Thief: I robbed Subway outlet to help pay debt

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A Belfast man who claims he robbed a fast food outlet with a screwdriver after he was assaulted over an unpaid debt has been jailed for 17 months.

Mark Philip Taylor, 31, of Oakvale Parade, Dunmurry, pleaded guilty to a single charge of robbing the Subway premises in Belfast city centre earlier this year.

Belfast Crown Court heard that at around 10am on May 1 Taylor walked into the Dublin Road outlet and approached a female counter assistant.

Brandishing the screwdriver in one hand, Taylor told her: “Give me all the money in the till’’, before telling her to put the money in a plastic bag.

Prosecution barrister Mark Farrell said that as Taylor left the premises, he turned to the shop assistant and said: “I’m sorry.’’

Mr Farrell said that the shop assistant had been “left petrified and scared’’ and has been unable to return to work.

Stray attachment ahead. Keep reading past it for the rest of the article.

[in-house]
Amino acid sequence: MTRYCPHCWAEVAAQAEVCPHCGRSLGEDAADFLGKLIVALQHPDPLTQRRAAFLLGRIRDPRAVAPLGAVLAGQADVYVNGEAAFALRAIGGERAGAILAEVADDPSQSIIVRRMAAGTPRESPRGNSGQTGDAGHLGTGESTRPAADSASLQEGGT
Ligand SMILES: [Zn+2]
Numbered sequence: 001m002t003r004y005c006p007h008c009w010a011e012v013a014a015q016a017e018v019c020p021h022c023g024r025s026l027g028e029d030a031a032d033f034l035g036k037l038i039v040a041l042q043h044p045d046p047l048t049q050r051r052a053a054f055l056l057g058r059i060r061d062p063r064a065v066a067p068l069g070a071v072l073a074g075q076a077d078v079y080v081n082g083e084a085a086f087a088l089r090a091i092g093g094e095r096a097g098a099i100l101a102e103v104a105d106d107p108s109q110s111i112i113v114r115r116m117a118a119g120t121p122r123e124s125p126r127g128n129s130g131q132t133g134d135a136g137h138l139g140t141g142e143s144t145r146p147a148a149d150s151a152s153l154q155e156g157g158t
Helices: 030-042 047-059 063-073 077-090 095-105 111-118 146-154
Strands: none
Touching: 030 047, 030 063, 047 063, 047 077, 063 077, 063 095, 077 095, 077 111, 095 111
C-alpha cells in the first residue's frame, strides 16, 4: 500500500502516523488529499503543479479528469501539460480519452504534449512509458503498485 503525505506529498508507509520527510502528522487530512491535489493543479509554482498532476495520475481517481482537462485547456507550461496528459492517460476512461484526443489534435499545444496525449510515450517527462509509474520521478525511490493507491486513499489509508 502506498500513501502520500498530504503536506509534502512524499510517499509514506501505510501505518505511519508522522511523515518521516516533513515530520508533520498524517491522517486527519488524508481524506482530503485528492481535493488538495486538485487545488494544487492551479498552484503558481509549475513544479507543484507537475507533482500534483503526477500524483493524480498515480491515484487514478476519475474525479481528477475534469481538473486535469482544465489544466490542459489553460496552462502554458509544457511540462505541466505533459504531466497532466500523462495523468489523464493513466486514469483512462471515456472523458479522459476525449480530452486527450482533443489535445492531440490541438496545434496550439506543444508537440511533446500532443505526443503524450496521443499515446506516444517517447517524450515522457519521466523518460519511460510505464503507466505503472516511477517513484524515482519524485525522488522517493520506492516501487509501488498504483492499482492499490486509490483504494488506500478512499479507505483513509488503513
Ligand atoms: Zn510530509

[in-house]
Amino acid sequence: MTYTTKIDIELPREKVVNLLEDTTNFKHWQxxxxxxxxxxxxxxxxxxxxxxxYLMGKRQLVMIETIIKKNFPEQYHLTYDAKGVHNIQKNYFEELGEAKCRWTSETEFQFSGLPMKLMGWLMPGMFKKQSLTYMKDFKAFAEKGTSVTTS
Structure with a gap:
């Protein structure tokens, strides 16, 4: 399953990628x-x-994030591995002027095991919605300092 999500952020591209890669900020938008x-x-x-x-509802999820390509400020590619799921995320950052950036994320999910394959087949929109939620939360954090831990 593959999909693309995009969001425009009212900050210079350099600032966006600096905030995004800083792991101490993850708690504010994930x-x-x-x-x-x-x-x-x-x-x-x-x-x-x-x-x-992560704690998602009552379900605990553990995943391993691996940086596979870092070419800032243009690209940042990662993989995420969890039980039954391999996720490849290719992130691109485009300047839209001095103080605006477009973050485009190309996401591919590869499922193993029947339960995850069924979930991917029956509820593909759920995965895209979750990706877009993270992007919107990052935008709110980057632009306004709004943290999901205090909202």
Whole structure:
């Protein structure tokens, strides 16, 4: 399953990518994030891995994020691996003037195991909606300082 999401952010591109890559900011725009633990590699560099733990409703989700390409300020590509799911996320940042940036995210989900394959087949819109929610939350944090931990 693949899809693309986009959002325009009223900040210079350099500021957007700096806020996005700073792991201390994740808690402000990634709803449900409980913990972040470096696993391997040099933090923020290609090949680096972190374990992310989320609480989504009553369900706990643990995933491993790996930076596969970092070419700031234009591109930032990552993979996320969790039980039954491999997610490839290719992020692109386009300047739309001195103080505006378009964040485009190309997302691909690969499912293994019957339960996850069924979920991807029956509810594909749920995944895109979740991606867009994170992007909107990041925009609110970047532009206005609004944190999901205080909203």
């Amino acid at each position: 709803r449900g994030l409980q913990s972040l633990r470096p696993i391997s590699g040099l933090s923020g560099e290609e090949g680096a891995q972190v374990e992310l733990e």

The court heard that a regular customer to the Subway shop along with a friend gave chase and “apprehended the defendant and held him until police arrived and the money was recovered’’.

While being taken to Musgrave police station, Taylor told a police officer: “I was badly beaten with a hammer. I had to pay them or they would kill me.’’

He said the attack had happened that morning but in fact police discovered the assault had occurred three days earlier and was caught on CCTV.

The court heard the attack described as a “serious assault’’ during which Taylor was struck on the back of the head and to the body. He needed staples to a head wound and sustained a broken leg, a broken arm and a fracture to his wrist.

Defence barrister Luke Curran said Taylor had a history of drug and alcohol problems which later “escalated to taking heroin”.

He added that as result of his drug addiction, father-of-two Taylor had “built up debts’’, had carried out the robbery to repay the money he owed but had made “no attempt to conceal his identity’’.

Judge Geoffrey Miller QC said Taylor had an “appalling criminal record’’ which listed 112 previous convictions dating back to 2000 when he was aged just 14.

He said a pre-sentence report assessed Taylor as a “high likelihood of reoffending”, but the judge added that he did not find the defendant posed a “serious risk of significant harm to the public” under the dangerous provisions.

The judge sentenced Taylor to 34 months, with 17 months spent in custody and 17 months on supervised licence following his release.